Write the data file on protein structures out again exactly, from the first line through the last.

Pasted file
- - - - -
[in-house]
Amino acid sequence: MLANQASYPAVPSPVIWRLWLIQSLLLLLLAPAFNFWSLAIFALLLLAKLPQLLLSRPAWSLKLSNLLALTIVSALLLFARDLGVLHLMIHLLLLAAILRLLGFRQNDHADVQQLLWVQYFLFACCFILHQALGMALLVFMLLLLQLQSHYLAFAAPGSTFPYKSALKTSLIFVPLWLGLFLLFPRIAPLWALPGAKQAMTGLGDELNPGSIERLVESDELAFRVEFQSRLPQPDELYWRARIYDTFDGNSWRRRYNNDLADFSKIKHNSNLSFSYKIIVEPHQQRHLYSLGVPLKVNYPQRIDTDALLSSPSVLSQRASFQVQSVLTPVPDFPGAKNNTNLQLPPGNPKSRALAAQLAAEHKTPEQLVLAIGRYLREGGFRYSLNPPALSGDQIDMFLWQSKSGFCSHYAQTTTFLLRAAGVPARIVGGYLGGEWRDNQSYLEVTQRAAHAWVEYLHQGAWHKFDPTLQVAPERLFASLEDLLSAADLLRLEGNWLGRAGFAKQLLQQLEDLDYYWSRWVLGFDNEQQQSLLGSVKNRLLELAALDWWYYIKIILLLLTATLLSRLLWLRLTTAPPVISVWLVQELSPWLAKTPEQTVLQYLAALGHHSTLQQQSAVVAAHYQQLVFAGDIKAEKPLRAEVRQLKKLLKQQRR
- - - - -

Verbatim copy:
[in-house]
Amino acid sequence: MLANQASYPAVPSPVIWRLWLIQSLLLLLLAPAFNFWSLAIFALLLLAKLPQLLLSRPAWSLKLSNLLALTIVSALLLFARDLGVLHLMIHLLLLAAILRLLGFRQNDHADVQQLLWVQYFLFACCFILHQALGMALLVFMLLLLQLQSHYLAFAAPGSTFPYKSALKTSLIFVPLWLGLFLLFPRIAPLWALPGAKQAMTGLGDELNPGSIERLVESDELAFRVEFQSRLPQPDELYWRARIYDTFDGNSWRRRYNNDLADFSKIKHNSNLSFSYKIIVEPHQQRHLYSLGVPLKVNYPQRIDTDALLSSPSVLSQRASFQVQSVLTPVPDFPGAKNNTNLQLPPGNPKSRALAAQLAAEHKTPEQLVLAIGRYLREGGFRYSLNPPALSGDQIDMFLWQSKSGFCSHYAQTTTFLLRAAGVPARIVGGYLGGEWRDNQSYLEVTQRAAHAWVEYLHQGAWHKFDPTLQVAPERLFASLEDLLSAADLLRLEGNWLGRAGFAKQLLQQLEDLDYYWSRWVLGFDNEQQQSLLGSVKNRLLELAALDWWYYIKIILLLLTATLLSRLLWLRLTTAPPVISVWLVQELSPWLAKTPEQTVLQYLAALGHHSTLQQQSAVVAAHYQQLVFAGDIKAEKPLRAEVRQLKKLLKQQRR